An international team of scientists has developed a diet purported to improve health while ensuring sustainable food production, according to CNN.

The Planetary Health Diet cuts consumption of red meat and sugar in half and ups the intake of fruits, vegetables, and nuts. It allows for an average of 2,500 calories per day. Meat isn’t entirely removed—one beef burger and two servings of fish per week are allowed, as are a glass of milk or some cheese or butter each day. That said, half of each plate is vegetables and fruit, and a third is wholegrain cereals.

The study, titled “Food in the Anthropocene: the EAT-Lancet commission on healthy diets from sustainable food systems” by Walter Willett et al, was published in The Lancet. And according to The Guardian, it would save at least 11 million people per year from deaths caused by unhealthy food, while preventing the collapse of the natural world.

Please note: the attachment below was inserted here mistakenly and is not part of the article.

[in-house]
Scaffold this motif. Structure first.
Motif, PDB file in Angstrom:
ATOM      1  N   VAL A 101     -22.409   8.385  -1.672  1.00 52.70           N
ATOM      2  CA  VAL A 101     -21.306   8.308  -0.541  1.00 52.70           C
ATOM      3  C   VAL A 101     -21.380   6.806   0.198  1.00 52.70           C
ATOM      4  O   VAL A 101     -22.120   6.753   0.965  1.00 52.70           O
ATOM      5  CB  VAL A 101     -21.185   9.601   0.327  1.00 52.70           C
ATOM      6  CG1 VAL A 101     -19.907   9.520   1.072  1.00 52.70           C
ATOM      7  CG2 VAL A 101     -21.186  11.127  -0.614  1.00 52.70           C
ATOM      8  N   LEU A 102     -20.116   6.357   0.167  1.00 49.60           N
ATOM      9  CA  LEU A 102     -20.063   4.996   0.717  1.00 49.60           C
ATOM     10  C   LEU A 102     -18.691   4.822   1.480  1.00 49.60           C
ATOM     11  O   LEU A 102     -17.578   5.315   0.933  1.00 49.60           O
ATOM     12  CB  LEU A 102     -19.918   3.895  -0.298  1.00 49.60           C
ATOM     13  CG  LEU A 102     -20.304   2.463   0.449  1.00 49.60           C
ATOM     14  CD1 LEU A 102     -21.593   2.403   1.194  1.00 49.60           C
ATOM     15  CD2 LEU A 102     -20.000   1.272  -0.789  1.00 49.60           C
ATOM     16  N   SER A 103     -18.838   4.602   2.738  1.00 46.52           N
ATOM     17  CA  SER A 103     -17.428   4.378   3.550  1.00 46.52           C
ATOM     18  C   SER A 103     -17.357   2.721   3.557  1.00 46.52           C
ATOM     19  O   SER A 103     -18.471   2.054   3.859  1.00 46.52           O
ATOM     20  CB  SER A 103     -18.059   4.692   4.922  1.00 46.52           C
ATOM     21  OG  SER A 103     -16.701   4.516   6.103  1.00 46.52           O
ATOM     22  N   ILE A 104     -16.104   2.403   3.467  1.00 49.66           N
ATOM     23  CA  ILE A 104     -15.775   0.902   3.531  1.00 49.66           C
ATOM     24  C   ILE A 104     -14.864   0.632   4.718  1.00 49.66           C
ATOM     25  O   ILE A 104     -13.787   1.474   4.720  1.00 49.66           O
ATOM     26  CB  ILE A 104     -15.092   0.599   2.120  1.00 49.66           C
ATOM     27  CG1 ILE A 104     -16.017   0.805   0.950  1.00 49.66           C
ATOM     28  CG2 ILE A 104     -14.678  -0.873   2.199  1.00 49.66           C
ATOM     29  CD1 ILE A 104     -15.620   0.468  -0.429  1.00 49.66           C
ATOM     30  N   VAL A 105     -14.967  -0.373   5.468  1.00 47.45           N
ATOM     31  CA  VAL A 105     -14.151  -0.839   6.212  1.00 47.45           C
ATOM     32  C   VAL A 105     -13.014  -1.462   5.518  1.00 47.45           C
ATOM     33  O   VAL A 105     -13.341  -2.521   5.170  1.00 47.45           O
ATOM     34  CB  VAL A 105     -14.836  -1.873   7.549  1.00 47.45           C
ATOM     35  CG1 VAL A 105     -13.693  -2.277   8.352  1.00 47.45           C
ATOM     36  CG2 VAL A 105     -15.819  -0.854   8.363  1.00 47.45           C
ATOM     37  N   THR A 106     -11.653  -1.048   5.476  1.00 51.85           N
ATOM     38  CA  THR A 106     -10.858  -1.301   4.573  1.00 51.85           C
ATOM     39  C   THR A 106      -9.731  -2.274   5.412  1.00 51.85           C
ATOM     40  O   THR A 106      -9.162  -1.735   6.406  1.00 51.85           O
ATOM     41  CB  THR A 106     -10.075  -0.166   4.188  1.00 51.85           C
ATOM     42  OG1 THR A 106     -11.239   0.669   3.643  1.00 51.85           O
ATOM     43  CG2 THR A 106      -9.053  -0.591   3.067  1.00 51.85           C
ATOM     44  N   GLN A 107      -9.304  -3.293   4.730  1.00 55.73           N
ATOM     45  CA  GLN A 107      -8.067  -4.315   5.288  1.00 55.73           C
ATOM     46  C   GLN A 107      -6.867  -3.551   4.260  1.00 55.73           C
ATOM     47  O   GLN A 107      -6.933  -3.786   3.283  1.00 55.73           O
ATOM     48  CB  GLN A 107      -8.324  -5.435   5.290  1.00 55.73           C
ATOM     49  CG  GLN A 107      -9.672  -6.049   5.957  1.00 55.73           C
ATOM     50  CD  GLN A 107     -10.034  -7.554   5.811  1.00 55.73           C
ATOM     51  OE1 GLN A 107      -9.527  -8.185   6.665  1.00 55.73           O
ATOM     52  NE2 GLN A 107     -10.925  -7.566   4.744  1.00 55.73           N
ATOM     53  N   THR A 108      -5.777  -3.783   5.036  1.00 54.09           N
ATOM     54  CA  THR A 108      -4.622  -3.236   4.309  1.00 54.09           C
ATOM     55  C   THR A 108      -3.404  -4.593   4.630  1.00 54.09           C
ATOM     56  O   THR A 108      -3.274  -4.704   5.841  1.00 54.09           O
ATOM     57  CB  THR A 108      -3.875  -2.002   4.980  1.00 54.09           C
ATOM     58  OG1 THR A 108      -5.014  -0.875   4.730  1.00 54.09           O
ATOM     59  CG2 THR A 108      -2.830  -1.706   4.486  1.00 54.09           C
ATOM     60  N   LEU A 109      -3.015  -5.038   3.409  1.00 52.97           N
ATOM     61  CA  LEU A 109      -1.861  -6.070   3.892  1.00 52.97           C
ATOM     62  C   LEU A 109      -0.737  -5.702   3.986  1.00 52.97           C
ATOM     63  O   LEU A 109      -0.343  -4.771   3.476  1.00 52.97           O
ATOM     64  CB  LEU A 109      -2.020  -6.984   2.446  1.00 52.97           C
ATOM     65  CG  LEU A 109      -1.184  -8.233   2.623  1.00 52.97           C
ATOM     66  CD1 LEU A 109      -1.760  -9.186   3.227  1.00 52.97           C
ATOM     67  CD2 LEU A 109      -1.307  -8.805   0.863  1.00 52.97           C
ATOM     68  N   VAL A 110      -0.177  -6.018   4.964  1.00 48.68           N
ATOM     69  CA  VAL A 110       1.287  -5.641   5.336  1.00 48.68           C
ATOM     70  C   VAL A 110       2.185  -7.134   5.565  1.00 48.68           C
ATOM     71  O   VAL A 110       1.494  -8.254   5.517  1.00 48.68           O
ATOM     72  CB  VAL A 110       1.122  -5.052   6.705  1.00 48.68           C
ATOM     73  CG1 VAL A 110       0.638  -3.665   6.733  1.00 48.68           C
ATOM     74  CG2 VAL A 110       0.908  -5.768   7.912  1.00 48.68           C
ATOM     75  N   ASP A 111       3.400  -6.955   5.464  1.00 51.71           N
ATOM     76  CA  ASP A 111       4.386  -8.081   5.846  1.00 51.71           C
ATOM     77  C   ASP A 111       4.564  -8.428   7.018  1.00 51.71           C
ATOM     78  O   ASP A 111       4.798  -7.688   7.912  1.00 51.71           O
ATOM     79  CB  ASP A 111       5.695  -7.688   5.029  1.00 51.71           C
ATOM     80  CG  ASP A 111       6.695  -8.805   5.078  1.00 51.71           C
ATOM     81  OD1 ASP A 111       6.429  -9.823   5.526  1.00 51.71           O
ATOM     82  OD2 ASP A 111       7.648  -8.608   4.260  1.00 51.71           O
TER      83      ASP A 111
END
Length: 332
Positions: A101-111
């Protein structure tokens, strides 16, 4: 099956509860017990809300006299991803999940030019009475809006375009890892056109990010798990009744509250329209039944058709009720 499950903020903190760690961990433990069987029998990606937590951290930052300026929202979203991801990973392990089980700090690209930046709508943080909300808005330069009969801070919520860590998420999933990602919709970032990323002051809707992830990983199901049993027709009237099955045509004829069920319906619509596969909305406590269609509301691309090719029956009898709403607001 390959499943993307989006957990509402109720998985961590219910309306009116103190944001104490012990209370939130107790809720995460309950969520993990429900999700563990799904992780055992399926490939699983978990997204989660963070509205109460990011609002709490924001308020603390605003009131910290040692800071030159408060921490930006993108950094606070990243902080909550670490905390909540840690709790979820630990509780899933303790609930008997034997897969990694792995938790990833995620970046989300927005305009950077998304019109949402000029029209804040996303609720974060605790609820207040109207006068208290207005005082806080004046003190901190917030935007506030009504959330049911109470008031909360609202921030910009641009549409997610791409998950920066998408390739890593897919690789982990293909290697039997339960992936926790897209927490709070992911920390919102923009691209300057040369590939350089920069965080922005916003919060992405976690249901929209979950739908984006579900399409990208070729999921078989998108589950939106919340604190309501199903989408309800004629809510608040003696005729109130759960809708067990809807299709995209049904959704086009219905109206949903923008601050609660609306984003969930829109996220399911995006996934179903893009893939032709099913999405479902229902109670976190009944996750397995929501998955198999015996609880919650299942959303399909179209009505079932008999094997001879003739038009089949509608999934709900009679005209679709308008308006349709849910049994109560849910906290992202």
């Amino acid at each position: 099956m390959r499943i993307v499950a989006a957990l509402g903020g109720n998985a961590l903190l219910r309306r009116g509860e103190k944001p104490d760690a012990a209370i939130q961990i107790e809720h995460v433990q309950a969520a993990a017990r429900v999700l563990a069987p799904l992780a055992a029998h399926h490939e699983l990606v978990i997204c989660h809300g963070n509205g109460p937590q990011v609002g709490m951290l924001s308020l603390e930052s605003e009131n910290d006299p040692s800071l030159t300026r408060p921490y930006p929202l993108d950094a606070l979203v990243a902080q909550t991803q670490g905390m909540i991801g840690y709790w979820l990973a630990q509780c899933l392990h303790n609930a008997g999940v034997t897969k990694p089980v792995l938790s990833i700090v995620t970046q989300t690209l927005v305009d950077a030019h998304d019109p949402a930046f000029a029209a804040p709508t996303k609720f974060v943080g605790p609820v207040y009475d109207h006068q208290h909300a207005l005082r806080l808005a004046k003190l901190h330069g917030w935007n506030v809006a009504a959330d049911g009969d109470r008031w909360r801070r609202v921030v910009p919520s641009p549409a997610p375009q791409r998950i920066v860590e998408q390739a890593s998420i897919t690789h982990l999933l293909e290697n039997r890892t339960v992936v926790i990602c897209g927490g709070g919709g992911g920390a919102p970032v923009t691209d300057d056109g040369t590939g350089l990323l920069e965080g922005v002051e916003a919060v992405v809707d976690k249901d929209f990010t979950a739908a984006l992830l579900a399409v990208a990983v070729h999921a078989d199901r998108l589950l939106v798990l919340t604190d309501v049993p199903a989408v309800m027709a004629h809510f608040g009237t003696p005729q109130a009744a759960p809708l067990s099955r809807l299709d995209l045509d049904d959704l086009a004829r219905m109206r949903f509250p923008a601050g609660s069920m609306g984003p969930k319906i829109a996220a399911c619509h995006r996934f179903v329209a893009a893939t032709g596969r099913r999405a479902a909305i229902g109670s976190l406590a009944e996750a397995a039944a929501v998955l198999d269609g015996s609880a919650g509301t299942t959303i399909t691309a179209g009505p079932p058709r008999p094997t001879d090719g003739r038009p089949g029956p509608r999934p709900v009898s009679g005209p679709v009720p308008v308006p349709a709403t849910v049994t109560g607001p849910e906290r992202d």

The Guardian quoted John Rockström, another author of the report, as saying, “Humanity now poses a threat to the stability of the planet. This requires nothing less than a new global agricultural revolution.”

CNN quoted Howard Frumkin, head of UK biomedical research charity The Wellcome Trust’s Our Planet Our Health program, as saying, “This provides governments, producers and individuals with an evidence-based starting point to work together to transform our food systems and cultures.”

CNN notes that 1 billion people live in hunger, and 2 billion people eat too much of the wrong foods.